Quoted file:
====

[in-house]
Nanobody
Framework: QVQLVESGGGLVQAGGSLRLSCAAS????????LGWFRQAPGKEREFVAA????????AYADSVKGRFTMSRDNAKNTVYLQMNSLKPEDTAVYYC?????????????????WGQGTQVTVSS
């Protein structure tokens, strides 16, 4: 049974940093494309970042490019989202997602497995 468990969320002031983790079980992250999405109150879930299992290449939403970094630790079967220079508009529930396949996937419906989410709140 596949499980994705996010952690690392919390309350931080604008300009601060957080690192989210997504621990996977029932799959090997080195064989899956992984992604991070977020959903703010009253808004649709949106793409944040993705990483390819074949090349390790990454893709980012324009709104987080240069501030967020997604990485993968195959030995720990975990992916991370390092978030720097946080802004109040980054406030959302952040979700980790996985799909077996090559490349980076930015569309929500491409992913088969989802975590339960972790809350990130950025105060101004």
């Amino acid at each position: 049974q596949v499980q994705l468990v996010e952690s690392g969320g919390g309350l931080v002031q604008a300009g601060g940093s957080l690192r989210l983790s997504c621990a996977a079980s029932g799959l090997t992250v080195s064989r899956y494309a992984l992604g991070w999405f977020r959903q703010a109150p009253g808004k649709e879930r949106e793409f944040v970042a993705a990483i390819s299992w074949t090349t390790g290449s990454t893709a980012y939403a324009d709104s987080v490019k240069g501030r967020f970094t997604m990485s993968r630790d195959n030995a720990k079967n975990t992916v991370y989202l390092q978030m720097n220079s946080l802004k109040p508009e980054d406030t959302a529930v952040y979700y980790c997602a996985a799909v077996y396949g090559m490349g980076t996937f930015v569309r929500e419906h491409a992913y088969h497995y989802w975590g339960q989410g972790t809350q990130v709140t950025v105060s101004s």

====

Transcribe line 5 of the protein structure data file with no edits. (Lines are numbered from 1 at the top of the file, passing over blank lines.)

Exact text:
């Amino acid at each position: 049974q596949v499980q994705l468990v996010e952690s690392g969320g919390g309350l931080v002031q604008a300009g601060g940093s957080l690192r989210l983790s997504c621990a996977a079980s029932g799959l090997t992250v080195s064989r899956y494309a992984l992604g991070w999405f977020r959903q703010a109150p009253g808004k649709e879930r949106e793409f944040v970042a993705a990483i390819s299992w074949t090349t390790g290449s990454t893709a980012y939403a324009d709104s987080v490019k240069g501030r967020f970094t997604m990485s993968r630790d195959n030995a720990k079967n975990t992916v991370y989202l390092q978030m720097n220079s946080l802004k109040p508009e980054d406030t959302a529930v952040y979700y980790c997602a996985a799909v077996y396949g090559m490349g980076t996937f930015v569309r929500e419906h491409a992913y088969h497995y989802w975590g339960q989410g972790t809350q990130v709140t950025v105060s101004s």